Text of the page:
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Judith is Divine

16 Oct

I am in LOVE with Stephen O’Donnell‘s series of portraits.   Self-taught artist, O’Donnell’s education was adjunct to his love of history and biography.

Le Melancolique

Le Flegmatique

The illustrations in books, paintings of places and people, first drew me in. Palaces, clothes, jewels; all the rarified externals. My broader interest in painting and art history and design was rooted there. … Being as retrograde in my tastes as I am, my greatest artistic enjoyment and appreciation still lies with the great portraiture of history. As an art form, the portrait, whether recording aristocracy or something much humbler, still completely fascinates me.

O’Donnell almost always uses self portrait in his work to avoid the limitation of portraiture being “about” someone specific.      Gender play is his most recognizable thematic device, such that he is often referred to as the “man in a dress” artist.

Le Sanguina

Le Colerique

… I feel a connection to the Native American concept of berdache – or two-spirit – the idea of a person who embodies a blending of both genders. I may dress as a man, but I think I do feel some degree of being both. So, perhaps, the way I represent myself in my paintings is a way to honor and reconcile those feelings. To create scenarios that express my ideas about beauty and my particular sense of humor. Even to glamorize myself. To live a “life in paint” that isn’t possible in reality.

His favorite genre has become portrait historié – literally a historicized portrait – in which a recognizable subject is depicted in historic or mythological costume.   It was a favorite device of the Dutch masters and European court painters of the 17th and 18th centuries, in which the subject of the portrait painted is dressed in clothes of a period previous to their own.   In O’Donnell’s portraits he appears as a member of the European Court of the late 18th century – complete with overdone hair.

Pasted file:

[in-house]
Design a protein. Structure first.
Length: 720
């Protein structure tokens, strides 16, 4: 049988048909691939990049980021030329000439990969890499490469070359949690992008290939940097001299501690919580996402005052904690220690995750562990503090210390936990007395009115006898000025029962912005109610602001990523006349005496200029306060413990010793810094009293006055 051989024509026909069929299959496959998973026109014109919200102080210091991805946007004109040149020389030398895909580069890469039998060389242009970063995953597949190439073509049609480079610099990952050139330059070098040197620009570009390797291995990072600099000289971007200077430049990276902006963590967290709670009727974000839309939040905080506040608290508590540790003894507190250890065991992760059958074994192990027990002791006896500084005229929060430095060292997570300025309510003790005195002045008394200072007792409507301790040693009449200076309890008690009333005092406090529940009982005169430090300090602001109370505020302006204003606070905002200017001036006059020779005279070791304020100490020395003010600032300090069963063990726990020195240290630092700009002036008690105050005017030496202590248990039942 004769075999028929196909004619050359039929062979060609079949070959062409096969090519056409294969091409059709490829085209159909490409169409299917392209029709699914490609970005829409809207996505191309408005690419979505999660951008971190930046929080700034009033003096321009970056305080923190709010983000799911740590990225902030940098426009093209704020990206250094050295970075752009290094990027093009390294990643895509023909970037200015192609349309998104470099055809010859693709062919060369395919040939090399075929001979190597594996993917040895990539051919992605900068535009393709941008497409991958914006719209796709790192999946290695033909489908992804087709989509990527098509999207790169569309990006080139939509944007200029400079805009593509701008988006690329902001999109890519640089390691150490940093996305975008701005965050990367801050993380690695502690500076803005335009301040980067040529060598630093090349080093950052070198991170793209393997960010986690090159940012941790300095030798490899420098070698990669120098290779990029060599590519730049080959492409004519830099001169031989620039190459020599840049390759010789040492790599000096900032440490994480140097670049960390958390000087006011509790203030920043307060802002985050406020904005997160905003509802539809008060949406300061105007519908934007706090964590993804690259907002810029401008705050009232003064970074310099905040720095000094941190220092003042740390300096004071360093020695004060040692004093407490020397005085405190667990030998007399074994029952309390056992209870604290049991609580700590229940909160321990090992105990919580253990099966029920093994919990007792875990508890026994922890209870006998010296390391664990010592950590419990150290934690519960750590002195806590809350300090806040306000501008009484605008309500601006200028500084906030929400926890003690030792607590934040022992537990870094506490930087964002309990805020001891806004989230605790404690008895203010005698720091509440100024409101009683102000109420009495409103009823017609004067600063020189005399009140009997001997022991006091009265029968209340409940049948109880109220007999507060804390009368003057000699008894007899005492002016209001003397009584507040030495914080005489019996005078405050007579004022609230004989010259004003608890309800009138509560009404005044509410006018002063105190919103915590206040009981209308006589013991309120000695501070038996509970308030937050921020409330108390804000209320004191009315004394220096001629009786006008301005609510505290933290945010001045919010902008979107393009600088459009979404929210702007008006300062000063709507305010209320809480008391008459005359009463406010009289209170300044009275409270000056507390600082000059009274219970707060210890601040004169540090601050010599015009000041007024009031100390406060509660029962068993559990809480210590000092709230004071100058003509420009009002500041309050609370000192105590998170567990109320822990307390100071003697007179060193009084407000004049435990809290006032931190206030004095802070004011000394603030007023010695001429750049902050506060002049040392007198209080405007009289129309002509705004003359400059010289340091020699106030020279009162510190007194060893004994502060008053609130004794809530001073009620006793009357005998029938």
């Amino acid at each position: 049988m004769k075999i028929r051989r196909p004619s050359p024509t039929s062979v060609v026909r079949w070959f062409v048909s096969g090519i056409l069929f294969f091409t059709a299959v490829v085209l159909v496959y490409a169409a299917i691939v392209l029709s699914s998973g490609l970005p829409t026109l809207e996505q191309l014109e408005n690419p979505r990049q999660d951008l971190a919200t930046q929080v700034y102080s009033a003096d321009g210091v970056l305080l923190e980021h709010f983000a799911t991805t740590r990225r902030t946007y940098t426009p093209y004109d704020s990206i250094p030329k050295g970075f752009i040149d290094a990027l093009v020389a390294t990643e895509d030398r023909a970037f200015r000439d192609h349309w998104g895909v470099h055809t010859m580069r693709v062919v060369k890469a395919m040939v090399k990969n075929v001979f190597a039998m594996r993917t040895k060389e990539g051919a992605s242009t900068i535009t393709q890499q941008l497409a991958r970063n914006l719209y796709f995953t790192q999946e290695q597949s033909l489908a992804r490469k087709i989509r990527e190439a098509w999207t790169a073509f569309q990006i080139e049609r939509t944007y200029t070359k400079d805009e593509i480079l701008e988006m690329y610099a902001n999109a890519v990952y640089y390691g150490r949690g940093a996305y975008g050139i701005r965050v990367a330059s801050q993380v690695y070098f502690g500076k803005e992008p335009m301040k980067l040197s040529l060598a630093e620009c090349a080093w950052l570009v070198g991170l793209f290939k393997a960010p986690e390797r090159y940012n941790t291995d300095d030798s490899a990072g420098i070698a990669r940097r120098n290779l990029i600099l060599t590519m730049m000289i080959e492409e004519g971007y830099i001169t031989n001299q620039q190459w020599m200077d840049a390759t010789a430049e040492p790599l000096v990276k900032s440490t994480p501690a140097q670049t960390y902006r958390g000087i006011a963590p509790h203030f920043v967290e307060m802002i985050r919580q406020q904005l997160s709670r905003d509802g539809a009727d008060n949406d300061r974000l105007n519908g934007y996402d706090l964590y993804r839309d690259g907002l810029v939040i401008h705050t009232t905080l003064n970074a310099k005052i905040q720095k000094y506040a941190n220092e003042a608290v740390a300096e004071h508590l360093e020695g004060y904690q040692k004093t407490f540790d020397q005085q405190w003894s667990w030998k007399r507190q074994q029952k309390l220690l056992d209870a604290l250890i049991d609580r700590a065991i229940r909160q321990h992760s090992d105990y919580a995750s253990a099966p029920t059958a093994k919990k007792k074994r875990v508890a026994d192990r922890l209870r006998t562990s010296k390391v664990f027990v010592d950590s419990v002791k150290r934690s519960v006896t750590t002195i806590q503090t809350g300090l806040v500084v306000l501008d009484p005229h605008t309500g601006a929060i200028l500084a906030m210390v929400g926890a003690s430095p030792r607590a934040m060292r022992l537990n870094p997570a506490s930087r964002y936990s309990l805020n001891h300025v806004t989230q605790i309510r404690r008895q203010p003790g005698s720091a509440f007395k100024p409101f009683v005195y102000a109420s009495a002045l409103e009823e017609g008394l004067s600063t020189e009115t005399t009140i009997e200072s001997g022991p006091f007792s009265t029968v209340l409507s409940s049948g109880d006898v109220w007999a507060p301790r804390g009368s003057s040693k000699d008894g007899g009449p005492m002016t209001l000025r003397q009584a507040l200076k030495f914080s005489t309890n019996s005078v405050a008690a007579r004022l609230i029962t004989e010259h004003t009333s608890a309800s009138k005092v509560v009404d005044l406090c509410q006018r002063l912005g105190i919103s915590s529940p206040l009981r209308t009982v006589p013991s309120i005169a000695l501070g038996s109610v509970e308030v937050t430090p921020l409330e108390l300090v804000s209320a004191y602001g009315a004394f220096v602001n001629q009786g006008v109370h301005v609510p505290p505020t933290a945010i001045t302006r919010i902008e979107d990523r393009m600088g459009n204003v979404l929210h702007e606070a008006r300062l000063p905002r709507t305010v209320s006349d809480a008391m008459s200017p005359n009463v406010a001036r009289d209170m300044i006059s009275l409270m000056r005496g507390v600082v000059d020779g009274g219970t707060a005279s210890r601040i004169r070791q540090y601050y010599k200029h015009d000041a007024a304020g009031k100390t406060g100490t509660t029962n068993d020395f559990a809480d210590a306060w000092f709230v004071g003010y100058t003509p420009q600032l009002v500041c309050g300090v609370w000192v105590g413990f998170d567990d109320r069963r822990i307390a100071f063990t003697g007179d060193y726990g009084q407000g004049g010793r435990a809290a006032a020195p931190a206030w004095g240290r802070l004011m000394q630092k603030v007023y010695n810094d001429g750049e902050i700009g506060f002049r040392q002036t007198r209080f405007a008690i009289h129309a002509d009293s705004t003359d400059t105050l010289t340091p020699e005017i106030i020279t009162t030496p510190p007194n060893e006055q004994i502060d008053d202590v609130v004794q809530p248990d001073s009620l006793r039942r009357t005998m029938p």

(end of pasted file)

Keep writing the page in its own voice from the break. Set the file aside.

And thus he gives us Judith, triumphantly and haughtily grasping a courtier’s severed head.

Stephen O’Donnell, “Judith and Holofernes,” 2010, Acrylic on panel, 36 x 24 in, Winston Wachter Fine Art Gallery, Seattle, Washington, US

i LOVE the hair.   Especially on the chest.

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2 Comments

Posted by on October 16, 2012 in Glory

 

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2 responses to “Judith is Divine

  1. Stephen O'Donnell

    November 1, 2012 at 3:36 pm

    Thanks so much for featuring my work and for your very complimentary words. And just so you know, BOTH heads in “Judith et Holopherne” are mine; I’m sure that must signify some sort of – dreadful – personality disorder. ; )

     
    • judith2you

      November 1, 2012 at 3:43 pm

      No more than the dreadful disorder that compels me to post pictures of severed heads on a daily basis. I am glad you found the mention since I am behind on my alerts to artists. Your creations are truly one of my favorites – along with the praying mantis. Thanks for including Judith in your work.

      Judith – The Other One

       

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